How to Turn a Website Visitor into a Paying Customer
Jan 09, 2020
Prospective customers who really like you, admire your work, and need your product or service may never call you.
Is it something you said?
Something you didn’t say?
The messaging on your website should direct prospects to start a conversation with you. You can accomplish this through your headlines, subheadings, and by including call-to-action buttons on your website. In fact, current research in web design has found the top right corner of your website to be premium real estate. Research recommends adding a call-to-action button there because it’s a natural resting place for the viewer's eyes.
But even with better messaging and call-to-action buttons these same people may never get in touch.
Because they’re busy. They looked around on your site, got interrupted, went back to work, hopped in the carpool, or a million other ordinary things that happen to us on a daily basis.
It’s easy to shrug and just think “It’s not me, it’s them.” Some people will call, some won’t.
But what if there was a way to get a second chance with those interested but busy visitors to your site? What if there was a simple way to follow up and ask if there was something more you could do for them?
If you don’t have a lead generator—or what’s sometimes a freebie—on your website you’re missing out. And if your direct competitor does have one, guess who’s getting more leads?
A lead generator is a very helpful piece of content that lives on your website. You offer the video series, e-book, or checklist for free in exchange for your prospective customer's email address. Marketers believe an email address is equivalent to roughly $15, so you want to make sure what you're offering provides a lot of value.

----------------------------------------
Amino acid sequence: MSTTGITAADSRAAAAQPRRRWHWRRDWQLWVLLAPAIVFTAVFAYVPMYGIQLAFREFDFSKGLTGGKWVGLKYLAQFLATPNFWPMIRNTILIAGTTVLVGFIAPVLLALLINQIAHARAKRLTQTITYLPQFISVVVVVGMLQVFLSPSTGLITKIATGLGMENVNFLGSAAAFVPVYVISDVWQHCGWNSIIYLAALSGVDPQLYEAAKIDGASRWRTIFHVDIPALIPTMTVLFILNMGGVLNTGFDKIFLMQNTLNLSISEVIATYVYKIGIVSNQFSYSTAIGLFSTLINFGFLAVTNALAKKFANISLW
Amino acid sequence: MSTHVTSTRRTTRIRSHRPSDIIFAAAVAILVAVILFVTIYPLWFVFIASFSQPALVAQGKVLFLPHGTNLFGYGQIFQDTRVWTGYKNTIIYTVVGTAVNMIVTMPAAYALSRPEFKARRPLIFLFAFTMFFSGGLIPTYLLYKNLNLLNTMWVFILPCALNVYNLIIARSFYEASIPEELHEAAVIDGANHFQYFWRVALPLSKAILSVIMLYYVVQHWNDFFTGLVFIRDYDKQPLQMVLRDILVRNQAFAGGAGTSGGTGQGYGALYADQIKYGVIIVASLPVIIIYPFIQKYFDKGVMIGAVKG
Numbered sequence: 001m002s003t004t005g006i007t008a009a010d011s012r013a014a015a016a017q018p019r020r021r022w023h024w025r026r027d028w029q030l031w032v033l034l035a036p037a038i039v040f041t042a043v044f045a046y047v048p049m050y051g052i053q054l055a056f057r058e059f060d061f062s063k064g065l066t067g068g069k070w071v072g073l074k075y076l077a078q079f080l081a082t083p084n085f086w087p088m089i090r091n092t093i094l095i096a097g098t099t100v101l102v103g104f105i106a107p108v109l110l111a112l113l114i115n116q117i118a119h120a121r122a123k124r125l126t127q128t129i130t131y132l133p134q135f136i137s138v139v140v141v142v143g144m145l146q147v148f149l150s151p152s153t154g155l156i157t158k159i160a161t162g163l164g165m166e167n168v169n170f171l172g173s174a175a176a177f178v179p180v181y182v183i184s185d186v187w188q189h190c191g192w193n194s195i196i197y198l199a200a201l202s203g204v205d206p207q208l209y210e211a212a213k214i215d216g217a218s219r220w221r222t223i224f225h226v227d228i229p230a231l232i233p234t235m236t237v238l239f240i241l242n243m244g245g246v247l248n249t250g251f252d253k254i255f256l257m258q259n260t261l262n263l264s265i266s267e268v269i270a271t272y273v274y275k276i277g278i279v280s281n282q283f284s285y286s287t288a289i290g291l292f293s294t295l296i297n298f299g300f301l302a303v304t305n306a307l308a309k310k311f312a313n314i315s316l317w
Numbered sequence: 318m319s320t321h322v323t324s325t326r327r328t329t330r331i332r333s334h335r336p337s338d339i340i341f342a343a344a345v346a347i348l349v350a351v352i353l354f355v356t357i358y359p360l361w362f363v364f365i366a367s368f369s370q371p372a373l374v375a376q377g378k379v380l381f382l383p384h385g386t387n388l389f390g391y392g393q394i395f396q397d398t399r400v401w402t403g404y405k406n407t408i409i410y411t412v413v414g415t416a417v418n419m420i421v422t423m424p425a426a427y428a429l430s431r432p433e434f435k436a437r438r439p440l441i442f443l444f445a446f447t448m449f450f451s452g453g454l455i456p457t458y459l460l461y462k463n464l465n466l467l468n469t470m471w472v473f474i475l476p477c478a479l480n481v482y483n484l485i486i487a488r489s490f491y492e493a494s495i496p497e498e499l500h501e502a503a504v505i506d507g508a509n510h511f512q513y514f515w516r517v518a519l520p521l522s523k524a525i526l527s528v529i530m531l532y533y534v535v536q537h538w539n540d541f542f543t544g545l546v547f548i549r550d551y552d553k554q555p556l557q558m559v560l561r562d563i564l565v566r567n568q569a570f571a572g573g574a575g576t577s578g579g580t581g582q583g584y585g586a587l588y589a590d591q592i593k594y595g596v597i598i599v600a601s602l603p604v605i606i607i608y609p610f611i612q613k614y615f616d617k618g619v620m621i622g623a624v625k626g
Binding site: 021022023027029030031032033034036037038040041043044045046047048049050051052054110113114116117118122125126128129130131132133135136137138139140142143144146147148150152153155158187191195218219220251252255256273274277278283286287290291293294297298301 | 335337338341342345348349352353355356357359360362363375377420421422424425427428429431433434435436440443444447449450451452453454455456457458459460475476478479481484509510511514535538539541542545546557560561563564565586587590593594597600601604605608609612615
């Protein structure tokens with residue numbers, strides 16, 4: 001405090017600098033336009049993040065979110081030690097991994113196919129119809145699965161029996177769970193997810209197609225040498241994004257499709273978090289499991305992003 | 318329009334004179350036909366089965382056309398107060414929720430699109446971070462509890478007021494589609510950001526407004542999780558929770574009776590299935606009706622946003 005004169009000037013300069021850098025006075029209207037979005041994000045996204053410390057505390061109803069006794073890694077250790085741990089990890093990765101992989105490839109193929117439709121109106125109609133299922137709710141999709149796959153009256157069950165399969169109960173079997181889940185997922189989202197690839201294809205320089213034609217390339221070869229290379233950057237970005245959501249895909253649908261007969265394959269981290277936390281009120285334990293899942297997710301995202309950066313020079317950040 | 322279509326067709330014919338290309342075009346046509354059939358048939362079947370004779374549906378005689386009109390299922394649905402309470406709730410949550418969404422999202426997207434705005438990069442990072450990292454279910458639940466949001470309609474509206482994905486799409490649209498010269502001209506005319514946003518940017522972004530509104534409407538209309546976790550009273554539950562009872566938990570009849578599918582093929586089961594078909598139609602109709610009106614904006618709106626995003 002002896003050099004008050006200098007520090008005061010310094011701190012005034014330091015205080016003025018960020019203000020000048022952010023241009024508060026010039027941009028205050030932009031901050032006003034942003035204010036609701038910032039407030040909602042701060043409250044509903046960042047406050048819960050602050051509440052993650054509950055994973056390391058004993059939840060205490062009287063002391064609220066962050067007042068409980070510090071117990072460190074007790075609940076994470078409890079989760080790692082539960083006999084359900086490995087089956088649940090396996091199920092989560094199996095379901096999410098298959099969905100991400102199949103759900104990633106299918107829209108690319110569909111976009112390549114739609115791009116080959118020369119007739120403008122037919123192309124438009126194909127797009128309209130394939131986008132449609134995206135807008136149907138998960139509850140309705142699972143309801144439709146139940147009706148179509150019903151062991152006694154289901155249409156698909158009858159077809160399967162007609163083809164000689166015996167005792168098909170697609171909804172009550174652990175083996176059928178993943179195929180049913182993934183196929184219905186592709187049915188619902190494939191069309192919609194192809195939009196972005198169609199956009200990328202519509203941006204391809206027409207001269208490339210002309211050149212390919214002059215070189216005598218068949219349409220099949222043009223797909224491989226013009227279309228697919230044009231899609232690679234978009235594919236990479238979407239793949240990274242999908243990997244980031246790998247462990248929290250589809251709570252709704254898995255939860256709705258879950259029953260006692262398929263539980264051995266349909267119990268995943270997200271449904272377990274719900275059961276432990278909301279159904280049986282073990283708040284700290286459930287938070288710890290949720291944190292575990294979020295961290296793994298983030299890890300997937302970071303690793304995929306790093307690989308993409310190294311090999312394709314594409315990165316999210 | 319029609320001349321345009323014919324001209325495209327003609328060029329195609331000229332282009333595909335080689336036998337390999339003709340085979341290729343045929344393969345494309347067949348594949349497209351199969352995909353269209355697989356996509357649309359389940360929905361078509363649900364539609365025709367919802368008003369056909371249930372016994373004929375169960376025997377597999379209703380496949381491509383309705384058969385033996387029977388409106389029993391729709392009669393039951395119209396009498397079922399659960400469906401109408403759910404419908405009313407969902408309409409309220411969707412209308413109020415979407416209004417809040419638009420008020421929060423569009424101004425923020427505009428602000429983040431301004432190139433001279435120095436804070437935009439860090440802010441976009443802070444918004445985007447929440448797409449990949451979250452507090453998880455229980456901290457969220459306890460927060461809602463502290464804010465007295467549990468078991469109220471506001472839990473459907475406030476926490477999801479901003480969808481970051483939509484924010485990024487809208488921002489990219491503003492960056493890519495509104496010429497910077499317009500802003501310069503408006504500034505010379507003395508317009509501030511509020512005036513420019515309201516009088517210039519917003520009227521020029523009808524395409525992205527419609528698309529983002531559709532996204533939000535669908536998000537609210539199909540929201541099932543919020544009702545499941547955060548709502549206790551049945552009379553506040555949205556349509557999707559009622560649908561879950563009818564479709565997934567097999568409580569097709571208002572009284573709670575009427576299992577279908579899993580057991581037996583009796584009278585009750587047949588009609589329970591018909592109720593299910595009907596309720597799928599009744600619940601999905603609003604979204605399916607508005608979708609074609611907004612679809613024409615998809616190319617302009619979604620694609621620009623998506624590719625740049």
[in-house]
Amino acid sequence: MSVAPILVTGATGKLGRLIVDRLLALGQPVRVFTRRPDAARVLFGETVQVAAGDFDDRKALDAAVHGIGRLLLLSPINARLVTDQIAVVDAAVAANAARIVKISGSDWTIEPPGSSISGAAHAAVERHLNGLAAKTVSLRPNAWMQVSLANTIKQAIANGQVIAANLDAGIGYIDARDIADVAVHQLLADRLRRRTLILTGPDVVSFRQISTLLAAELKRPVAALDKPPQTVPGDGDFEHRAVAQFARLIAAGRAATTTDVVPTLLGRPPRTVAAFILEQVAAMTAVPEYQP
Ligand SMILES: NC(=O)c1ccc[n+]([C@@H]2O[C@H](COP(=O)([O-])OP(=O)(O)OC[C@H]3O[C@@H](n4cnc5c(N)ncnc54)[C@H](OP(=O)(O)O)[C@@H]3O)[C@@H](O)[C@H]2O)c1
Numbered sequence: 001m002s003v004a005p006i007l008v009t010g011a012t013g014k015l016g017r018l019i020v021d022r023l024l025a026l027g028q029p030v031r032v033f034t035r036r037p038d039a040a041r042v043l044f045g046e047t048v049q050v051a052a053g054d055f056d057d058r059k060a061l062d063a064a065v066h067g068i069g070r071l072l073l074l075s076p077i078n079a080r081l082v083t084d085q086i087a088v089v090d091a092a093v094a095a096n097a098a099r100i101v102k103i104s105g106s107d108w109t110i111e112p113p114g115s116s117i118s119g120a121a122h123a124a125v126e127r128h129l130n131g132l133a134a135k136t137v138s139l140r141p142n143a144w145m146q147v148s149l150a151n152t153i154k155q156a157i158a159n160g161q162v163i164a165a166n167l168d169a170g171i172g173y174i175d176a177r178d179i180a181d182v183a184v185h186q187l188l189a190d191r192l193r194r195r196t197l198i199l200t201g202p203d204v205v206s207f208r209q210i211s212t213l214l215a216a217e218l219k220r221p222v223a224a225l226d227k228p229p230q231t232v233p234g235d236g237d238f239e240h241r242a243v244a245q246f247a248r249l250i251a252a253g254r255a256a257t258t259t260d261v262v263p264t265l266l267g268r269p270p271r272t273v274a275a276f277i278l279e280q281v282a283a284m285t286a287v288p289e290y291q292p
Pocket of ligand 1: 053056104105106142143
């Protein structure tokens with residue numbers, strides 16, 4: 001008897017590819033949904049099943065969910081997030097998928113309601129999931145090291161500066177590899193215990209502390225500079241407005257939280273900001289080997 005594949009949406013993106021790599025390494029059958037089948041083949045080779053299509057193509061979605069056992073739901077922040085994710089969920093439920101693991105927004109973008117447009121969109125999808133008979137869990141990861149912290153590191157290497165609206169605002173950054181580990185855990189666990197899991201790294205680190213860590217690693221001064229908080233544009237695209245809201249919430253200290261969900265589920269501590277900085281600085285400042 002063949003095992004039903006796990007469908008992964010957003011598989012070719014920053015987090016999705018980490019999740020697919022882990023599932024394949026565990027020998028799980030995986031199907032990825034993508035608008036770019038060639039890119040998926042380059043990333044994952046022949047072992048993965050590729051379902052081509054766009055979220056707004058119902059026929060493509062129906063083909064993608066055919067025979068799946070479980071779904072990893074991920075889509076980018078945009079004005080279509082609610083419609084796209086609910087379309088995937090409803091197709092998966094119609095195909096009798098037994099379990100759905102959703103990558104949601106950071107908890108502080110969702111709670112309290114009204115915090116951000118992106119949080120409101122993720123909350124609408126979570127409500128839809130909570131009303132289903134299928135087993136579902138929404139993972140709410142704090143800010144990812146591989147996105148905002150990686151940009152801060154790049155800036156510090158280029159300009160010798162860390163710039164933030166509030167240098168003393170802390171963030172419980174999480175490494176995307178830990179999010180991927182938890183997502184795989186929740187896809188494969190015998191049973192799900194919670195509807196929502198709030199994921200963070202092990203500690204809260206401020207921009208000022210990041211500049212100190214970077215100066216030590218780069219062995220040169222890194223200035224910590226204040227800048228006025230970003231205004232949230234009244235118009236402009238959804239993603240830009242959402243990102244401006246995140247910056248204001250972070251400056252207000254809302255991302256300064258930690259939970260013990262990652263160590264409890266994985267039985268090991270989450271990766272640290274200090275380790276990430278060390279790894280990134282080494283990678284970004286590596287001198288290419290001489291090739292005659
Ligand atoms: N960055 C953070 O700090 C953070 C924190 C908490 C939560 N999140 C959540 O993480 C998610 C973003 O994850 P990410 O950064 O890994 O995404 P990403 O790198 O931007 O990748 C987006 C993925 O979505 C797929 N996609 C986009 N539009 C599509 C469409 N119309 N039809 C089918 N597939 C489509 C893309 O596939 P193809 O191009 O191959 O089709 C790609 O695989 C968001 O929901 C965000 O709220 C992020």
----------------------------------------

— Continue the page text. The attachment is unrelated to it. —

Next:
When you’re creating your lead magnet, here are some rules to follow:
Rule #1: If I had 15 minutes with a prospective client, what could I do or share to really make their lives better?
Rule #2: If this person never meets or buys from me, how can I add value to their lives?
Rule #3: What is the #1 problem my customer is facing and what’s a tool to help them with it?
Rule #4: What is the top seller or service we're known for and what’s a resource to help this group with the pain they’re experiencing?
Rule #5: What’s a trick, shortcut, or pitfall that I want to help my prospects know or avoid?
Here are some examples of lead generators from top companies and entrepreneurs:
This video series offers information-rich content to help you make changes directly to your website. It also builds momentum for StoryBrand’s offer to enroll in one of their courses or sign-up for the Business Made Simple University membership. StoryBrand is following most of the rules but especially #2. A lot of people will directly apply the 5-minute marketing makeover and not enroll in a course or membership. Still, it’s a great deal for StoryBrand because the content was already created and marketed—no new work for them. Next, because they’re considered a very helpful resource, email subscribers are much more likely to read the emails with more helpful content and ultimately more offers. Eventually, one of those offers might be right for the subscriber or even be shared with someone they know.
This free offer asks you to sign up for a month of free classes and provide some background information on yourself. How is this content? Well, ClassPass wants you to ultimately sign up for one of their memberships. The most helpful offer they could make is for you to try it yourself. It’s also why you’ll see a lot of free offers for apps and tech. Once you’ve used the demo for a month, you’ll see how it works and if you really want it. If you don’t subscribe, the company can still share helpful information and make you offers at a later date. Here, ClassPass is following rule #1.
Porterfield is very successful in the online marketing industry in this niche. Here she’s leaning into the pain her prospects feel in starting an online business, and she’s filling a void that some other online marketers create when they specialize in other areas. For instance, building a strong social media following is different than growing an email list. Here, she’s following rules #4 & #5.
Almost every person is busy these days. And if they’re not busy, they are distracted. You can be disappointed or you can get strategic. Personally, I think becoming useful and finding ways to be helpful is not just a great strategy but also a way we can share our talent with the world.